Does the choice not to believe seem imperative in light of all the horrors which have been and are worked by men in the name of God?

Do some observe, and disdain, those who lazily lounge in their easy chairs while waiting for “Sky-Daddy” to assist the starving masses, clean up the environment, and heal even those that they, themselves, have damaged?  Might it be deemed imperative that belief in God disappear so that men and women will begin to depend upon themselves?

I can see every one of those perspectives. I get it.

A More Pragmatic Faith

On the other hand, can one who honors and cherishes her relationship with the unseen and the incomprehensible still, successfully, hold herself accountable for following her own conscience and determining her course?

Can a person believe in a God who both expects mankind to fix things and to graciously accept that there are limits to our perspective and our power?

Can I, as a believer utilizing both words and dedicated action, embrace and fulfil my responsibility to heal myself, my family, and the world?

Is my life enriched because I recognize that I am surrounded by an entire universe of beauty and possibility that I could not create and have done nothing to deserve?

I will answer these questions myself. The answers are “yes.” This is the God, and this is the life, that I love.

I choose to live as if this life is the only time I’ll ever know, while inwardly trusting that there is more.  I choose to exist in a state of gratitude and joy, open to splendor while willing to walk through all kinds of tragedy and all kinds of human-made mud and muck to assist others.

I will also, in times where I am powerless to effect results I find important, turn to One who is greater than I am, and greater than you are, in supplication.  I will ask for the outcome I feel is important; but I will trust whatever answer comes, and I will not demand.

If my God exists, I hope that we will be united, or reunited, at the end of my life.  I will not, however, get lost in a desire to understand all the workings of eternity, for all my work is before me right now: here, on this planet and in this time.

And what if there is no God? Then I will have lost nothing by believing, but will have gained all the happiness that comes to me when I offer thanks and in return, experience greater peace and a sense of belonging to something larger than what my near-sighted eyes can behold.

And Now, My Son

One of these days, my son’s eyes will be drawn to a glorious sunset – and perhaps a tear will fill his eyes as gratitude fills his heart, and he will catch the words “thank you” as they fly heavenward from his lips.  Then he will face a choice: whether to view his response as beautiful, natural, and uplifting; or as weak and conditioned by his early exposure to religion. In my pragmatic view, he could lose nothing by choosing to believe in my God.  He might even find himself the bearer of a gladdened heart – and it is so hard to live in this world bereft of gladdening.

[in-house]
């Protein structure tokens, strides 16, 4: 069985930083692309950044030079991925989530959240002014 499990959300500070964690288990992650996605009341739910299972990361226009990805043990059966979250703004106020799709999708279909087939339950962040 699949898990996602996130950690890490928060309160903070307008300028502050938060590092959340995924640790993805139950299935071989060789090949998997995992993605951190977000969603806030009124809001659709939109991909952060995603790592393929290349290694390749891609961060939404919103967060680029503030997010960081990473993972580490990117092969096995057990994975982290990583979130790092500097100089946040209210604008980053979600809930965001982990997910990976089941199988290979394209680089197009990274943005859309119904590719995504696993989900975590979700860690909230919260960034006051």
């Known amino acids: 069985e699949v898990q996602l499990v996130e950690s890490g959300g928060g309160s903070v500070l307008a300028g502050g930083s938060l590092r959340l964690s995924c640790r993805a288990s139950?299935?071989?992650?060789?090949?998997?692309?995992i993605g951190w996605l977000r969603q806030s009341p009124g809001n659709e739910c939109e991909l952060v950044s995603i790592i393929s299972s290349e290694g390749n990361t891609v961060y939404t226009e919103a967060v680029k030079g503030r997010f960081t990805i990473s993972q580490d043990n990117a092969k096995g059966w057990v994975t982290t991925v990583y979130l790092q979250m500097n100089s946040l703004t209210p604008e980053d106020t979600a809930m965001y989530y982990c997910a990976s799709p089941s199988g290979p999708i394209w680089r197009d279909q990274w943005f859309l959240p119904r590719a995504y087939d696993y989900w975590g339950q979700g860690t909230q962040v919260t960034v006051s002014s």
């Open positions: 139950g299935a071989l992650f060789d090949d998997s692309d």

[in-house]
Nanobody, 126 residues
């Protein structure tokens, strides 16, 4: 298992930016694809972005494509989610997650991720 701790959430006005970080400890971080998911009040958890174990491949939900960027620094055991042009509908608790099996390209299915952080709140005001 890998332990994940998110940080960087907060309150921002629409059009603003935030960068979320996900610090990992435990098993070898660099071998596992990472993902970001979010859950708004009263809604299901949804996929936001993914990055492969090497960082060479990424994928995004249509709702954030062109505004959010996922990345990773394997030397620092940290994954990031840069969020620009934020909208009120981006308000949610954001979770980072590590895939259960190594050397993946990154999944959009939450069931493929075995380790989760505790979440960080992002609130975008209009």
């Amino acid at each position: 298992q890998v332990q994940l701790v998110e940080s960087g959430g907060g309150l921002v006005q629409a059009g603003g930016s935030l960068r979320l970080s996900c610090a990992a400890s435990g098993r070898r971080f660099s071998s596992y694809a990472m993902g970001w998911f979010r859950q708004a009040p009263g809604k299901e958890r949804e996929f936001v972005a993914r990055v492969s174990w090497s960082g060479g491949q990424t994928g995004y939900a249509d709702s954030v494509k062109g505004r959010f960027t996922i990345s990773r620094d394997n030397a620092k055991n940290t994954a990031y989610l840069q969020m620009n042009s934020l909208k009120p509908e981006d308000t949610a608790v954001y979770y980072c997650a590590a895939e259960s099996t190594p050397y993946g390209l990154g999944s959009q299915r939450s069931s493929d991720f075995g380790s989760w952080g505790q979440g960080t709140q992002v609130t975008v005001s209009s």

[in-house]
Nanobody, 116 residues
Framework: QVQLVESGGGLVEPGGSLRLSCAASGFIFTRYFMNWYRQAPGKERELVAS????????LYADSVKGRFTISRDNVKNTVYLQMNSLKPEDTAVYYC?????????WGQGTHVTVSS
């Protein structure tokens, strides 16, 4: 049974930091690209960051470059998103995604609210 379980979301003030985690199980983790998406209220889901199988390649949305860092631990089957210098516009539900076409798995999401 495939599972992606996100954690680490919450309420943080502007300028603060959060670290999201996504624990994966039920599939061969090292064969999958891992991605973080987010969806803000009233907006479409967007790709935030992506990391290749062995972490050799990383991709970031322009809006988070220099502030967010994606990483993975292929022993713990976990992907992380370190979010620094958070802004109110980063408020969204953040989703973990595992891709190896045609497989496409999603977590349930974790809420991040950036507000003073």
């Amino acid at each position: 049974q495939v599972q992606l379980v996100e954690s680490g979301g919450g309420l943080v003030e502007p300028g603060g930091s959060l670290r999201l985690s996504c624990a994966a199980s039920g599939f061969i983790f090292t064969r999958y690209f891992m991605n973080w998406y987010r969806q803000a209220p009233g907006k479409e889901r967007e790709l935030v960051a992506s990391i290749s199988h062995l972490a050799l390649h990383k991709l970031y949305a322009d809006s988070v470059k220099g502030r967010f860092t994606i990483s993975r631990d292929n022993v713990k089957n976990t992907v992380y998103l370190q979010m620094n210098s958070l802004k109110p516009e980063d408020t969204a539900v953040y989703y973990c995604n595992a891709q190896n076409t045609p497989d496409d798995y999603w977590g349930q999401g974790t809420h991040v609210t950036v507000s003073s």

As for me, I continue to pray.  The evidence in my life strongly suggests that my prayers are answered, and that they have power – even when the answer which comes from One who knows alot more than I do must be “no.”

Where there is trust, there is no need to know all.  And that is good, for I now see that I know – and will know, by virtue of my human liimitations – very little. Even so, I am free to choose.  And I choose belief and hope in my God.

A Hitch in My Thinking

The man’s voice, melodious and still bearing the lilt of his Scottish upbringing, drew me in.  He was devastatingly witty and intelligent, but his appearance was slovenly, and I knew he smoked and was a committed “anti-theist.”  He was old enough to know better on all counts, I thought.  With a click of my keyboard, I dismissed him from my world.

Then, later, I caught a story about his death.  Some mourned him as a friend lost to mankind.  Intrigued, I returned to the internet and found him there, being interviewed in 2003 and again a few weeks prior to the end of his life. This time I perceived the gentleness in him, a gracious humility in his interactions with others, and deep concern for the future of humanity.  There seemed to be beauty lying just under the surface of a face showing signs of too much drink.  I wondered if, in a life that encouraged critical thinking and discouraged “jumping to judgment” on my part, he and I might have been friends.

A Google image search produced a photo of this man during his college years as a political activist with long, dark, unkempt hair and, even then, a look of brilliant determination in the set of his handsome, chiseled jaw.  I repented of my earlier judgment.  Unwilling and uninformed, I had not respected the man or his motives while he lived, and now he’s gone.  I know where to find him, though, for he hangs on the airwaves forever.  I am appreciative of his life’s work, to which he was true, and I mourn him as a friend lost to mankind.